Rise of the VPN in a WFH world

Posted 09/16/20 Team Vaco

There’s no question that technology is helping us adapt to changing times, but the rapid adoption of technology can leave companies — and their employees — vulnerable to security threats. 

So we asked Steve Shoemake, Vaco managing partner and national technology practice leader, what he had to say on the subject of virtual private networks (VPNs), compliance, endpoint integrity, and the importance of security in a work from home (WFH) world. Turns out, he had plenty of insight and advice to offer!

Tell us a little more about VPNs & why they’re so important?

A VPN adds a layer of security to a network – regardless of whether it’s public or private.  For example, you can use a VPN over your private network at home or over a public WiFi in a coffee shop. In both cases, you’ve increased both the privacy and security of the communication that you’re having from your computer.

What kind of IT should companies invest in for full (but secure) virtual access to key systems & data?

VPNs are definitely a smart IT investment and ensuring employees use work-authorized devices rather than personal devices is another wise investment. Investing in spam control, virus software, asset tracking systems, and Identity and Access Management (IAM) solutions are all part of a comprehensive, modern security plan for businesses supporting remote workers.

What can companies do to secure data integrity and maintain compliance?

Statistics vary, but one recent study indicated that in the small and medium business (SMB) space, 72% of businesses that suffer a data breach go out of business as a result.  

SMBs must take data breaches and security threats seriously. Far too often SMB resources are spent on the direct need with tangible value and far too little is allocated for data integrity considerations. If a company is under $2B in revenue and has a distributed workforce, a good place to start is a simple risk assessment. Once you get a report on your overall exposure related to data integrity, privacy, and the regulatory agencies that have oversight to your operations, you can begin to make common sense investment decisions. 

What should companies be doing to maintain endpoint integrity & authentication?

Multi-factor Authentication (MFA) is one tool, as are biometrics — like fingerprint, retina, and facial recognition. Contactless biometrics are especially popular right now, for obvious reasons. We have some clients that have multiple security layers: an MFA + biometric login to the endpoint which is followed by an MFA to login to a VPN.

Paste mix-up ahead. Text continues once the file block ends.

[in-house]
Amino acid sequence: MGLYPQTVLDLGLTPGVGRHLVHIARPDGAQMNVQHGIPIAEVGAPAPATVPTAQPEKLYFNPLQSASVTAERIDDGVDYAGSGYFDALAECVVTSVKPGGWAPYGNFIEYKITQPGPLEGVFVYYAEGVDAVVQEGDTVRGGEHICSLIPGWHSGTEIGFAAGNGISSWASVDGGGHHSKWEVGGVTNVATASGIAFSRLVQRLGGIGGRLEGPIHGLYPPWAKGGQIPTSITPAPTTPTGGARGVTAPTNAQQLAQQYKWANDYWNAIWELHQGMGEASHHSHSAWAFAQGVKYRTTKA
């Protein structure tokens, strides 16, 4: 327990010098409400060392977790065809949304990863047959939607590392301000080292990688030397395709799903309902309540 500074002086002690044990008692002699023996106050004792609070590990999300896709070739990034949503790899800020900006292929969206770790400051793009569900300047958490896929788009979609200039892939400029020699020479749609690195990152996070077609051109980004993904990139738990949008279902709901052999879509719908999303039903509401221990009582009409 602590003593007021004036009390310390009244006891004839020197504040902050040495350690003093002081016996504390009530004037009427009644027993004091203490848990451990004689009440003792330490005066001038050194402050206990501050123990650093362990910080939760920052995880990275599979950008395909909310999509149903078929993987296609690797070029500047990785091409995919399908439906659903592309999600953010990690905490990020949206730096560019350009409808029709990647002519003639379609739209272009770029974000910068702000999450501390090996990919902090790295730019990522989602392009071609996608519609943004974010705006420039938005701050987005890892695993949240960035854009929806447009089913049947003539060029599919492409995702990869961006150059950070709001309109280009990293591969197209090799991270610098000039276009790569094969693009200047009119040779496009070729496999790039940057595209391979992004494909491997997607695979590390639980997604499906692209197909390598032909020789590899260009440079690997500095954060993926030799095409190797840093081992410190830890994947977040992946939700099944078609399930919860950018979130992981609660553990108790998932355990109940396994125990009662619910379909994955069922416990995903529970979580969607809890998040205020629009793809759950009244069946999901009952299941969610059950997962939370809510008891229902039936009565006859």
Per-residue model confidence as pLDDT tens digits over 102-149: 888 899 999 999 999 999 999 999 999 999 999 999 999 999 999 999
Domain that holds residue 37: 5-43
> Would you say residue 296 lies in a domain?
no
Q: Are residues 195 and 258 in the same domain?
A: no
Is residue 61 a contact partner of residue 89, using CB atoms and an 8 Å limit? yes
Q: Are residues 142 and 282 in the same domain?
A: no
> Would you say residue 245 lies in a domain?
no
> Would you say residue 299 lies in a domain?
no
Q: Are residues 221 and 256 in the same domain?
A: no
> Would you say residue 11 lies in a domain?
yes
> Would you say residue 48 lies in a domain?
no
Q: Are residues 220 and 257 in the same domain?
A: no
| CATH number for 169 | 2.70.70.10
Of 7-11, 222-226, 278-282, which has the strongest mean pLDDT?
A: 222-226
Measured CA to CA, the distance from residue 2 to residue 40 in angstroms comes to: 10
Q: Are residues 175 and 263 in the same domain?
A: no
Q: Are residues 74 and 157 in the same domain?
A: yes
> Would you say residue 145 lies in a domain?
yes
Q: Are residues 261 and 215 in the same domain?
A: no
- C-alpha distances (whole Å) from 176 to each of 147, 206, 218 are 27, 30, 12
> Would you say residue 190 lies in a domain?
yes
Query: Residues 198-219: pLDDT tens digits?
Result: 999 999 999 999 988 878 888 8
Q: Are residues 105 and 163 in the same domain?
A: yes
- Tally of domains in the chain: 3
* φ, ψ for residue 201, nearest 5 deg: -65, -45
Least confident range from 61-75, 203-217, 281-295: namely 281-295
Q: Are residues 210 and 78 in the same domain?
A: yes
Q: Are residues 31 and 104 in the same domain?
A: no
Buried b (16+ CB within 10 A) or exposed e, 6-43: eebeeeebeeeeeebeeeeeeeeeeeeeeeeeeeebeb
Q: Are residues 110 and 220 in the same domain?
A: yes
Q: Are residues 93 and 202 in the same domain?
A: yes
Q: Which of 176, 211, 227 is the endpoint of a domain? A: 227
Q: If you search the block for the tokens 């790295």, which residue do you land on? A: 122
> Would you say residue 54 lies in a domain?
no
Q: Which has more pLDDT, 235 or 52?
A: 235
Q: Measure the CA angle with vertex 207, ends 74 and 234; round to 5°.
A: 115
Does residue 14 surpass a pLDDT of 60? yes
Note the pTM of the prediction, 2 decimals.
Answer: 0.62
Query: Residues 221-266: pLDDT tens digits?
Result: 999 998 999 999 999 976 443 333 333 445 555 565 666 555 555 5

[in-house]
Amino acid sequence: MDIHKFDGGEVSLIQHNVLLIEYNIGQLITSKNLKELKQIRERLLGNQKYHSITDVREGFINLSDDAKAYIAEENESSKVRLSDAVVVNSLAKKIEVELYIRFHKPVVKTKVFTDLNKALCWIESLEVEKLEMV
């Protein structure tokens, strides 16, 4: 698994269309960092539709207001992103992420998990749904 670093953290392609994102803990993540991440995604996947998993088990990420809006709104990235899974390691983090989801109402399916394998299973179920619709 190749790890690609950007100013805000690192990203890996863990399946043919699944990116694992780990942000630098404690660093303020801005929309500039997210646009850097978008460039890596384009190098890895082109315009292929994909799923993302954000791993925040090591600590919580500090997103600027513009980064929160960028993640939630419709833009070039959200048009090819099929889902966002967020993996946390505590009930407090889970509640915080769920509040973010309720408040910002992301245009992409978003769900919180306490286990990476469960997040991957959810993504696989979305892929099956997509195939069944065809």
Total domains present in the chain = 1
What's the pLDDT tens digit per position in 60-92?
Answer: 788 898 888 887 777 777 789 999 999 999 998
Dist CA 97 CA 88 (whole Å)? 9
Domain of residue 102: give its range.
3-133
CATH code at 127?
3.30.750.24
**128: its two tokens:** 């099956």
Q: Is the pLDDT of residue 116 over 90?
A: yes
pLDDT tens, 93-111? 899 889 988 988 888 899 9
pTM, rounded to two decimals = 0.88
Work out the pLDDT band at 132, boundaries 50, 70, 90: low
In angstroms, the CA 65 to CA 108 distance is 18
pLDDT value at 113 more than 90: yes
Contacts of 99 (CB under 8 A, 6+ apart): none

The key point here is not how to ensure your endpoint is secure…you can make the endpoint as secure as your budget allows. The challenge for CIOs, CTOs, and CISOs in a post-COVID world is to balance security and economics … which is no different than the challenge before the pandemic. The risk parameters have changed but the end-game is still the same: how much should a company spend on security given the business it’s responsible for and the operating model that it’s now working under?

How can companies make sure VPNs remain effective & free from vulnerabilities?

One is never “free from vulnerabilities.” That said, when discussing VPN vulnerabilities, we’re now talking about vendor management. Auditing vendors to ensure that they’re following best practices associated with risk mitigation is key. One way to do this is to make sure you receive a copy of any annual penetration testing that they’re conducting. Additionally, vulnerability patching is another area that should not be overlooked. One of the largest data breaches ever – the Experian breach – was due to a vulnerability that was identified, but never patched!

COVID-19 has impacted the tech industry in countless ways. And big changes are in store for technology and the tech industry. For more great tech advice and insight from Steve, be sure to register now for our October 8 webinar,  “5 Ultimate Tech Industry Trends Driven by COVID-19.”

 Register now